Sound grew up in Denver in the 1980s when there was what he calls a “maze craze,” with puzzle compendiums being published regularly. Starting around the first grade, he began making his own mazes. Over time, the designs became more elaborate. The repetition of the craft was appealing. He did a lot of these projects at his family’s dining room table, where he says his family never really sat down together. Given the household energy, mazes were a form of escape. “It was a refuge from the other chaotic elements that you find in a lot of different households.”
This quiet cave stayed with him throughout childhood. “I took that with me,” he says. “The flipside of that is it could be isolating. There’s the balancing of safety and craft and the catharsis—and the healing of ‘craft’—but you can also isolate. So, I have to be proactive about snapping out of it. You know, showing up for my [two-year-old] daughter,” he says, laughing. “Getting out there and having a beer with someone.”
Finding others who relate to the craft is difficult. But bonds in these extremely small circles can be strong. A major highlight of his career has been designing the “Tornado Box,” a collaborative effort with Japanese master craftsman Akio Kamei, part of the renowned (albeit niche) secretive entity known as the Karakuri Creation Group. Kamei’s puzzle boxes range from elegant to playful. (One such “box” resembles a bowl of miso soup.) The “very gratifying” collaborative effort exemplifies the overseas relationship: Two halves of a box joining to create one puzzle. Each component has their artist insignias burned into the wood. In the end, only 31 boxes were made available to a private group.
“There’s a fine line between magic and puzzles. And what this is doing, ” Sound says, holding up the triacontahedron, “is performing a magic. It pushes limits on the material, the shape, what it can do.” The gorgeous and curious parts are neatly organized all over his workshop. The woods vary in dark, deep hues to intricate patterns found in nature, like the betel nut. The fruit of the areca palm is a narcotic that is commonly found in parts of Asia, but when dried and smoothed, black lines vine around the oval bead. Sound chose to use betel nuts as legs for a wooden box.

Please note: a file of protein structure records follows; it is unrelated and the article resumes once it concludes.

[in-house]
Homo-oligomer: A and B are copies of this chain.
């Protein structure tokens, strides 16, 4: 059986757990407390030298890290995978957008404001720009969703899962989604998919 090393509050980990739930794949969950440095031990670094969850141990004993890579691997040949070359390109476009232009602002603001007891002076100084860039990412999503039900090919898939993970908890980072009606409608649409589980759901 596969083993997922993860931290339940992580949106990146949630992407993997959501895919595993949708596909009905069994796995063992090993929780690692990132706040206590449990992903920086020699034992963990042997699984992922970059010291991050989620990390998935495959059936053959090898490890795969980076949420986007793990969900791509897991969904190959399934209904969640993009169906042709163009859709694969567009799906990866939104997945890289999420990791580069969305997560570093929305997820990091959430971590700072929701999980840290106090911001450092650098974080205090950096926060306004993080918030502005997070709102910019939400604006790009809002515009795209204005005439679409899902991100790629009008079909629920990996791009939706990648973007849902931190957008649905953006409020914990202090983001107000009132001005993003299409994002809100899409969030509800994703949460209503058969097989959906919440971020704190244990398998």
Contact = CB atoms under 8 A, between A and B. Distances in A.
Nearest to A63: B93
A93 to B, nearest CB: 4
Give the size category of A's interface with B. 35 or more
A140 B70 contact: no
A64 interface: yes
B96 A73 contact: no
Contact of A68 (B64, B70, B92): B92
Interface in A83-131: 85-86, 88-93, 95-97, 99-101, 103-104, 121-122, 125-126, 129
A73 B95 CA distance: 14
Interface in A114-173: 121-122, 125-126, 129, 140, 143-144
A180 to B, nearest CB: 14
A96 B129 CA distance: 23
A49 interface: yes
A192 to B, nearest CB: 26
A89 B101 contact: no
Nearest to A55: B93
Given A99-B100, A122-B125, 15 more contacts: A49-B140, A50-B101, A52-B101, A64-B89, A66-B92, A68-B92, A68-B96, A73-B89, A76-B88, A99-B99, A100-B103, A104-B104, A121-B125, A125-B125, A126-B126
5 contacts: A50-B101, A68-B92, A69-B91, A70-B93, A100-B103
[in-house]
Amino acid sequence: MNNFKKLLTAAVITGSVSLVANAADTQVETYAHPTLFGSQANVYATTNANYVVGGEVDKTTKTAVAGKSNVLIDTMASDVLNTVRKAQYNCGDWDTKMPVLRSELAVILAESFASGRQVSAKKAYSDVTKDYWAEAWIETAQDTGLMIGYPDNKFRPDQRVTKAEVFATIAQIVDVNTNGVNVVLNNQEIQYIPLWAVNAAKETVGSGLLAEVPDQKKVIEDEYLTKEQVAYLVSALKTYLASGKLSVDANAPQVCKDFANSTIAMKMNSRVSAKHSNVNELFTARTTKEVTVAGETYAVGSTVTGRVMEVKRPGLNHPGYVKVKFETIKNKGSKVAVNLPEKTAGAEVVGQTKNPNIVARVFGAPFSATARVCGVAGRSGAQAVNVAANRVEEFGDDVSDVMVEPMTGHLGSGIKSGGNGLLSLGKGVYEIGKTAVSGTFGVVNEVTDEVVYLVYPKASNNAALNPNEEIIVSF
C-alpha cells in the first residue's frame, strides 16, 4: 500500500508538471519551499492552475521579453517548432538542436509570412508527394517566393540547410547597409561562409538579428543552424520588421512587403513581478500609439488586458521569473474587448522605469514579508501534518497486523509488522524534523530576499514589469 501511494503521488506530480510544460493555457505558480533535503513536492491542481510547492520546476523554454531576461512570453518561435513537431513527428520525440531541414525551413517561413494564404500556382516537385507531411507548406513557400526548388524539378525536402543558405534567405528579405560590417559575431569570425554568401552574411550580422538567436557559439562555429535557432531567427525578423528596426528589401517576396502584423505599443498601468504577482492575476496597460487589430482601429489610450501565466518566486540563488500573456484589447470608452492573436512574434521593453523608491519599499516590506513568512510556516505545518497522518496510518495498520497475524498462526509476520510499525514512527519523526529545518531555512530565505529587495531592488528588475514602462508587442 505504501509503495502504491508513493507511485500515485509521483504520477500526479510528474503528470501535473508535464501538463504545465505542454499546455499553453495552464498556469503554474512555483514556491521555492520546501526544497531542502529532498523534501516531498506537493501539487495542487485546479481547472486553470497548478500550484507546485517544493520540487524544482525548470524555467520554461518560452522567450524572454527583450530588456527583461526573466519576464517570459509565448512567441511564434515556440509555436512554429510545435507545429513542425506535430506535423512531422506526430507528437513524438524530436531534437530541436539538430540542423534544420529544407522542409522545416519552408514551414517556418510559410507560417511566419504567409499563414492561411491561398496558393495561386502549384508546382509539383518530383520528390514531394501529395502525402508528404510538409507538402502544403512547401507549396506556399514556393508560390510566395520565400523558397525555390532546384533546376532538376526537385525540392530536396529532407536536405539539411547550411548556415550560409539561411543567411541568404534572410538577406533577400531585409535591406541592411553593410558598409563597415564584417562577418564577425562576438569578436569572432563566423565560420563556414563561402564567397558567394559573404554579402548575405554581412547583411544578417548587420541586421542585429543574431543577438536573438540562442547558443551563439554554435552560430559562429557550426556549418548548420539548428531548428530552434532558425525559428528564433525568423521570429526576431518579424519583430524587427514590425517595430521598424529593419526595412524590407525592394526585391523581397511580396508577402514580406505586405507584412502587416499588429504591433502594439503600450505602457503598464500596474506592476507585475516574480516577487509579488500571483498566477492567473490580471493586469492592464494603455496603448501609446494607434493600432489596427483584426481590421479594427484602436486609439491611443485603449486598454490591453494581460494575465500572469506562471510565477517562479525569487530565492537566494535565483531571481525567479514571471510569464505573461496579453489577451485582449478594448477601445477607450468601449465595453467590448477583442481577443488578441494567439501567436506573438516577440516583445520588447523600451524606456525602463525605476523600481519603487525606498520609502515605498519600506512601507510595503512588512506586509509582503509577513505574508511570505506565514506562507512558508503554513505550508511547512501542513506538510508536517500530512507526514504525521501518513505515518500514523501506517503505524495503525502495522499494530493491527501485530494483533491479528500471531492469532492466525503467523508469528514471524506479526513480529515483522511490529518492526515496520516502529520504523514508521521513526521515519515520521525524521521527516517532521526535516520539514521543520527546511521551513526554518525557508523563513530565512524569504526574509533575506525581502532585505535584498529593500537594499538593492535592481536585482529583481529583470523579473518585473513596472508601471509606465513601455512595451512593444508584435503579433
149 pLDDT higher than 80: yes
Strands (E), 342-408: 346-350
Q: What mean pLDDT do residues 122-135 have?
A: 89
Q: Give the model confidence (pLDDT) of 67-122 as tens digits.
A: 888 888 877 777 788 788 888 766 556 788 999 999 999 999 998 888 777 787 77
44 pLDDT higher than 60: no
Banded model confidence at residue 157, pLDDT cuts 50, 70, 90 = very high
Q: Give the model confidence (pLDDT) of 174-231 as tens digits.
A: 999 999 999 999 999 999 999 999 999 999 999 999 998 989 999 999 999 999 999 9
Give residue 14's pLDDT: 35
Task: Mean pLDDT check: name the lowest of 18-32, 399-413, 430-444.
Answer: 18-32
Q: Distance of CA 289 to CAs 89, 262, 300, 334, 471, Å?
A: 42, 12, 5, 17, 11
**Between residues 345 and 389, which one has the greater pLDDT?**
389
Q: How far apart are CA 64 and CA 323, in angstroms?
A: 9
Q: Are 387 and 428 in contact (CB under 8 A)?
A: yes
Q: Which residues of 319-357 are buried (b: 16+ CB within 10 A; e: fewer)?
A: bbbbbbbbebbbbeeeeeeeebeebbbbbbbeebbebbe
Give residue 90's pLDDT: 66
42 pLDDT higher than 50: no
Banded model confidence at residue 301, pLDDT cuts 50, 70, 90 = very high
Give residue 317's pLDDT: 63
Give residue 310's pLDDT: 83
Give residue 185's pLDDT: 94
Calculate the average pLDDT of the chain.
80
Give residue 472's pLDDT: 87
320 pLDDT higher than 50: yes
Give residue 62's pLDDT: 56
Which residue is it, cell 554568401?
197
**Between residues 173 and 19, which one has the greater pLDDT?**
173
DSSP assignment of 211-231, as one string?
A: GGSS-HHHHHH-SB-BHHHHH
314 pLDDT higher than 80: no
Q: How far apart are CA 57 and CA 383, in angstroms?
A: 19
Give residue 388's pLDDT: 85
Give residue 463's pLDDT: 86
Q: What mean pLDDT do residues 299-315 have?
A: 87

“A lot of the time, what I’m trying to present is just something very unusual,” he says. “It’s contained. It doesn’t fall apart, but it moves in this amazing way and then opens up. For me, it’s a magic trick that I’m creating.”
Packing in move sequences, the way computer engineers explore ways to store more info on chips, is part of that magic. Sound’s Rune Cube is a strong example of this. The cube has rune shapes on each side, and a pin lies at the center of each rune. Players slide each panel along the path of the rune. Ultimately, the cube opens in six moves. However, a key lies at the center, allowing players to “reprogram” the puzzle by rearranging the panels. Aligned differently, the puzzle sequence can take up to 115 moves in order to open.
All of it results in a complex maze in 3D space that could gather dust until the solution one day percolates in a player’s subconscious resulting in that “a-ha” moment. “It’s like creating a good riddle or a joke, in some way,” Sound says. “It’s the punchline. You craft this moment in the work, and you want people to find it.”
Puzzle boxes can be as artistic of an expression as, say, a painting by Mark Rothko or poem by Maya Angelou. All of it is crafted in seclusion to help others find inspiration. “When you find just a few things that all work together to create a bunch of chaos, and there’s only a few moving parts, that’s awesome,” Sound says. “I don’t know why I love that. It doesn’t look hard, but when you start to move things around, there’s a lot going on there.”
(Read more: Chris Wirth Isn’t Your Average Puzzle Box Maker)